She Disappeared 33 Years Ago. Now, DNA Technology Has Identified Her Remains – And Her Killer.

She Disappeared 33 Years Ago. Now, DNA Technology Has Identified Her Remains – And Her Killer.

In September 1988, 19-year-old Stacey Lyn Chahorski was traveling the country and called her mother to say that she was returning home to Norton Shores, Michigan.

She was never heard from again.

Chahorski wasn’t officially reported missing until January 1989, but in December 1988, just three months after the teen had phoned her mother, the unidentified body of a young woman was discovered in Dade County, Georgia. At the time, no connection was made, and for 33 years, Chahorski’s mother wondered about what had happened to her daughter while police in Georgia wondered who their Jane Doe was.

In March of this year, both questions were answered. The Dade County Sheriff’s Office (DCSO) and the Georgia Bureau of Investigation (GBI) announced this past spring that, with the help of the Texas-based genealogy company Ortham, they had identified the remains of their Jane Doe as Stacey Lyn Chahorski.

For decades, Georgia authorities had tried to identify their Jane Doe, CBS News reported earlier this year, and a forensic artist had even created a composite image in the hopes that someone would recognize the woman. In the mid-2000s, a DNA profile was developed, but it didn’t match anyone in the FBI’s system.

In 2020, however, Norton Shores detectives collected a fingerprint card from Chahorski’s relatives. Several years later, GBI agents contacted the FBI once again to try to use new investigative genealogy methods, in which DNA and family trees are used to find relatives of the deceased, in order to identify their Jane Doe. Using these methods, Ortham was able to identify the body in Georgia as Chahorski.

“Without the advancements in DNA technology, we wouldn’t have been able to be of assistance and have this success so we’re grateful for that and for the work Othram did,” FBI Special Agent Tim Burke said in March.

Though, identifying the remains was only half of the story.

“Today marks the day where we hunt for the killer now,” GBI Special Agent in Charge Joe Montgomery said in a news conference after Chahorski’s body was identified. “The biggest problem in being able to solve this case is we had no identity of the victim so we had no starting point. Now we have a starting point and that’s a big jump for us.”

“I think we have a good probability of solving this case and bringing the killer to justice,” he added, according to CBS.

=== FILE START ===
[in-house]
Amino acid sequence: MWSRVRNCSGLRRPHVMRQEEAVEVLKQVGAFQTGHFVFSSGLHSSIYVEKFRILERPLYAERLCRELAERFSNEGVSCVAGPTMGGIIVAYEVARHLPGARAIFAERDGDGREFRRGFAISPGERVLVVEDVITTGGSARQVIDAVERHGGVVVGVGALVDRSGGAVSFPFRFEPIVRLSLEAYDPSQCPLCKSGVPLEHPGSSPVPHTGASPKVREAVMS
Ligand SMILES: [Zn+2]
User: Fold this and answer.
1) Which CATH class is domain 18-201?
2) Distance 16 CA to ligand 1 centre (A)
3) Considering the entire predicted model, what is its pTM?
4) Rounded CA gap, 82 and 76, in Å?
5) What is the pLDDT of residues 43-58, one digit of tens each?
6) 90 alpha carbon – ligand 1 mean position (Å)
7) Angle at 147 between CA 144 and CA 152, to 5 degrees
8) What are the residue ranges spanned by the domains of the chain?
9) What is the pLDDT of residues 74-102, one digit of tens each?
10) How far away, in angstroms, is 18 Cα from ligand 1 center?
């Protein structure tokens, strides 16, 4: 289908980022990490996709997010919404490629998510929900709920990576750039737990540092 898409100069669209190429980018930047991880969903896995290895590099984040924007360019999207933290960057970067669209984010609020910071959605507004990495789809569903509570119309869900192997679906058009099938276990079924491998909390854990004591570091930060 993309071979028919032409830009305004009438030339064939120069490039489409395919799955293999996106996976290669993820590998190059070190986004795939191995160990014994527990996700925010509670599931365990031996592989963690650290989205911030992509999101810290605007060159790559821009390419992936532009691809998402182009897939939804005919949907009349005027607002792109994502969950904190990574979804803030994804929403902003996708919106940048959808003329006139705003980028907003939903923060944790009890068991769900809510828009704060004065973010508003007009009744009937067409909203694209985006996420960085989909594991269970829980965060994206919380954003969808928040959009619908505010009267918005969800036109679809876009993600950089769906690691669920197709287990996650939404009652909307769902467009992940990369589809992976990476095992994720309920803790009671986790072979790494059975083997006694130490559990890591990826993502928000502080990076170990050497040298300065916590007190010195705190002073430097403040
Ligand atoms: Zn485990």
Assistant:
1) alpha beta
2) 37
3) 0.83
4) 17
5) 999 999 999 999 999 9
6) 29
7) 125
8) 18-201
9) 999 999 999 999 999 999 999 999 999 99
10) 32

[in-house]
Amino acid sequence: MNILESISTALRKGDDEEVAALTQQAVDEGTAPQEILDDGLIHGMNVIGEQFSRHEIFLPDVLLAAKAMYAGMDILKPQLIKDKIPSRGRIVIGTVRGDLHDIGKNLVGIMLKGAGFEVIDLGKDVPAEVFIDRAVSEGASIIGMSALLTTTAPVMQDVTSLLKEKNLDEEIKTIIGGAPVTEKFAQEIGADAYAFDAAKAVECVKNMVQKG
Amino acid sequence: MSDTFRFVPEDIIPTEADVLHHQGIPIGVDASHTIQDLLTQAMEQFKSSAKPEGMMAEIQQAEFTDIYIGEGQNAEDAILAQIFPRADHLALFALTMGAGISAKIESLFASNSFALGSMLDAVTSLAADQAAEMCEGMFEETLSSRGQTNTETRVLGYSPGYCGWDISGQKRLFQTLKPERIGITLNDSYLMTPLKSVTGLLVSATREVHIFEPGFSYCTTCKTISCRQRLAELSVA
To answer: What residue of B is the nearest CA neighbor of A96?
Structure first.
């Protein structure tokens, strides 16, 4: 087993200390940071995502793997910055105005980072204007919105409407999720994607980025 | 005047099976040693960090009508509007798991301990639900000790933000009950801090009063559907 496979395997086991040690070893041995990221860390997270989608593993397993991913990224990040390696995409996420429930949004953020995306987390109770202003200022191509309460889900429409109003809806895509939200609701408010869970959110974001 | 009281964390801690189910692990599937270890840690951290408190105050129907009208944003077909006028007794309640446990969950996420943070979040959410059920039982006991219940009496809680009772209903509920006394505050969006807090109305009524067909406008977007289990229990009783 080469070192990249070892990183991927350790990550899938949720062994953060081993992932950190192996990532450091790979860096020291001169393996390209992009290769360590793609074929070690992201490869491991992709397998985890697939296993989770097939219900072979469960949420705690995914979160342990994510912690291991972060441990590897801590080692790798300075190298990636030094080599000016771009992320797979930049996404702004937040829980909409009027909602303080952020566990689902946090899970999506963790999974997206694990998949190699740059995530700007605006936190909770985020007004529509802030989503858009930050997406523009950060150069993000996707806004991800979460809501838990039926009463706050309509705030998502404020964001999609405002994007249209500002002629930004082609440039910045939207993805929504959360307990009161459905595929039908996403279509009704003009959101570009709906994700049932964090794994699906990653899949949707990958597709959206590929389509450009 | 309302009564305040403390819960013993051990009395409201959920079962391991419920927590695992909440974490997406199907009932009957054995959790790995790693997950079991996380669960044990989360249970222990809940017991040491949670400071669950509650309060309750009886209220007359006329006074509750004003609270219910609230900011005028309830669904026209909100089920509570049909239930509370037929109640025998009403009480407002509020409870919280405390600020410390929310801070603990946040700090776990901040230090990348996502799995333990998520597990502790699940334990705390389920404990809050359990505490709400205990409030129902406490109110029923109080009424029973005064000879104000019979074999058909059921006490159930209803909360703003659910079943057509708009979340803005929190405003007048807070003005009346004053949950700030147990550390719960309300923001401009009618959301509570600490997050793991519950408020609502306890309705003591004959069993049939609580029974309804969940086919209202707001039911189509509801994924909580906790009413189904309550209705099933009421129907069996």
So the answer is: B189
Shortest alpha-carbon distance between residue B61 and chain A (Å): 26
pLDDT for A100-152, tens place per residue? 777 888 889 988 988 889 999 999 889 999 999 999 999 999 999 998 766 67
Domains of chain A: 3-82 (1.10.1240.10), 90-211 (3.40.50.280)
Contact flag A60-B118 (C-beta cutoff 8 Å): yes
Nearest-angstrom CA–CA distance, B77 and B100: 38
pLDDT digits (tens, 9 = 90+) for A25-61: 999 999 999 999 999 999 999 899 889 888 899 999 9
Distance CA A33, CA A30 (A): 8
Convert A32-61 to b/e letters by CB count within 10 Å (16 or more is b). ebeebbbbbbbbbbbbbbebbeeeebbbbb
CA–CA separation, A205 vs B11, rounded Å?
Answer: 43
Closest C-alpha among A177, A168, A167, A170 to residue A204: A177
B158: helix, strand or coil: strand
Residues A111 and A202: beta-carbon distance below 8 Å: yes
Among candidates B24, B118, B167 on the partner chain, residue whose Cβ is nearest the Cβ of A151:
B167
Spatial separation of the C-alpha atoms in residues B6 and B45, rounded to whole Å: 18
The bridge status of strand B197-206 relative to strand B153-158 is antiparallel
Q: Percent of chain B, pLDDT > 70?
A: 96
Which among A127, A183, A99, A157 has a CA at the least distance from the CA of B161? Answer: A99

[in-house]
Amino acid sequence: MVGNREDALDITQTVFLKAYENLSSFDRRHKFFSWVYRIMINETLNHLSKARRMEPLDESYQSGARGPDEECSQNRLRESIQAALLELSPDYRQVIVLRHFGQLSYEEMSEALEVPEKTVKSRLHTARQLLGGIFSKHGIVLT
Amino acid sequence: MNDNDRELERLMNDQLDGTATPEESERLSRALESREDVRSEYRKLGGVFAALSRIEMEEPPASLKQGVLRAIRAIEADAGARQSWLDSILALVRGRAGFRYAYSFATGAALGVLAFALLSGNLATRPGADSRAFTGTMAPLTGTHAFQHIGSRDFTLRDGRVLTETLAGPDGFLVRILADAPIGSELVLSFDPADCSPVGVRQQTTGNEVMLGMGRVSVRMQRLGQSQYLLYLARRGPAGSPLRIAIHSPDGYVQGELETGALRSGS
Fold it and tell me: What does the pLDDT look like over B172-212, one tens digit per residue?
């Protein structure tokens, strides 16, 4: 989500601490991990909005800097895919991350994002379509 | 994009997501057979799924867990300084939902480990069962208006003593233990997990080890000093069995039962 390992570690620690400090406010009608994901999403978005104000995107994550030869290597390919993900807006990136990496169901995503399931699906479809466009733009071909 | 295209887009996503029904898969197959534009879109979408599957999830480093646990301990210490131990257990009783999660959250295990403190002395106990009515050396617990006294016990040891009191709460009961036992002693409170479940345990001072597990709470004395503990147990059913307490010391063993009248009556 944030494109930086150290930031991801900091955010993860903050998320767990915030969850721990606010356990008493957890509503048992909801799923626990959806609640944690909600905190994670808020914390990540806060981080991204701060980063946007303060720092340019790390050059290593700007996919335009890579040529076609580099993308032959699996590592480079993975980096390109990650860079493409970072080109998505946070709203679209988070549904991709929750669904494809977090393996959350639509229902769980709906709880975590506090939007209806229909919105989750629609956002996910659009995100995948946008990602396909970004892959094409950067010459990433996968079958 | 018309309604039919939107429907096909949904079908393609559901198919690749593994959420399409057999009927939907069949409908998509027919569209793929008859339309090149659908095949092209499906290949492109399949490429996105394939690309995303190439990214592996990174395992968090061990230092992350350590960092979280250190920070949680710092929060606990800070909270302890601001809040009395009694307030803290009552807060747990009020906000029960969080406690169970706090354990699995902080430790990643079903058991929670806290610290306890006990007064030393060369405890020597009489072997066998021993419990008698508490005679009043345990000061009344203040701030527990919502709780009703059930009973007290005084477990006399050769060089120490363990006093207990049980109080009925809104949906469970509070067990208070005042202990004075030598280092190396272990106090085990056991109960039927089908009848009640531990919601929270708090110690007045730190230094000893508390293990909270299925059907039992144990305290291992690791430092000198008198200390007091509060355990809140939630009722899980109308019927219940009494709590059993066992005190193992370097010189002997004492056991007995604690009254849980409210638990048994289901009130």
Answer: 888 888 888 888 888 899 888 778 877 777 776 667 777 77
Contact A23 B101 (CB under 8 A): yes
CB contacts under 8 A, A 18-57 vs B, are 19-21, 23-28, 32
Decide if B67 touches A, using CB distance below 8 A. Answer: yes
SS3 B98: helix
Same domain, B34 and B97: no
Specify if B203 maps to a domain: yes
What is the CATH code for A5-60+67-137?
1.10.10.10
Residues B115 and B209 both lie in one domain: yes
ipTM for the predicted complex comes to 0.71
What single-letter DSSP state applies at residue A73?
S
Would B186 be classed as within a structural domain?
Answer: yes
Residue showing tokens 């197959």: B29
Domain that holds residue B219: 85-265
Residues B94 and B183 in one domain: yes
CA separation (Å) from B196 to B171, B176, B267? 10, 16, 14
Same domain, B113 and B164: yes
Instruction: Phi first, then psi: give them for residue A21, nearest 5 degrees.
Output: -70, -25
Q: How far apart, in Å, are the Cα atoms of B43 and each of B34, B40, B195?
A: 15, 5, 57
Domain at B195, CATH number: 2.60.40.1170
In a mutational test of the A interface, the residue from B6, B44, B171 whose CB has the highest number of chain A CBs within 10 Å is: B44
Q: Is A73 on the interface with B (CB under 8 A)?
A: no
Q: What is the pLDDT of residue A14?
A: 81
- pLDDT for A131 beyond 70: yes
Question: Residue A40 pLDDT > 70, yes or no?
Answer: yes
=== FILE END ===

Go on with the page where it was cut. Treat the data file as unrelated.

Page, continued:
At the time Chahorski’s body was found, authorities were able to retrieve DNA they believed belonged to her killer.

“Investigators found what was believed to be the killer’s DNA at the scene,” FBI Special Agent in Charge of the Atlanta Field Office Keri Farley said at a press conference this week, “but for years it could not be linked to the person.”

Once Chahorski was identified, GBI agents asked the FBI to help identify her killer. The DNA collected from the crime scene where Chahorski was discovered was sent to Ortham, where a genealogy analysis was conducted to create a DNA profile of a suspect. At the same time, FBI genealogists were developing leads, which GBI agents followed, while collecting DNA from potential relatives along the way.

Those efforts identified Henry Frederick “Hoss” Wise as Chahorski’s killer.

“This case is key because it’s the first time that we know of that investigative genealogy was used to identify both the victim and the killer in the same case,” Farley said at the press conference.

Wise was a stunt car driver who died in a car fire at Myrtle Beach Speedway in South Carolina in 1999, ABC News reported. He was also a truck driver for Western Carolina Trucking and regularly traveled through Dade County at the time Chahorski was murdered.

Wise had multiple arrests in Florida, Georgia, and North Carolina for assault, theft, and obstruction of a police officer, but his DNA wasn’t on file because the crimes occurred before DNA was mandatorily collected for felony arrests.

“Technology alone did not solve this case,” Farley said this week. “The determination of agents in both the FBI and GBI, along with every officer who worked this case for 33 plus years, helped bring this case to its conclusion.”

While authorities were able to identify who murdered Chahorski, without the killer being alive and able to be interviewed we may never know why he killed her or how he even met her back in 1988.

Chahorski had been buried in an unmarked grave in Dade County back in 1989. After she was identified, her body was returned to her family in Norton Shores after her mother was informed of the discovery.

“We were able to notify her and bring her a little bit of peace,” Burke said at the time. “We were also able to provide some jewelry that was found on Stacey back here at the crime scene and return that to her.”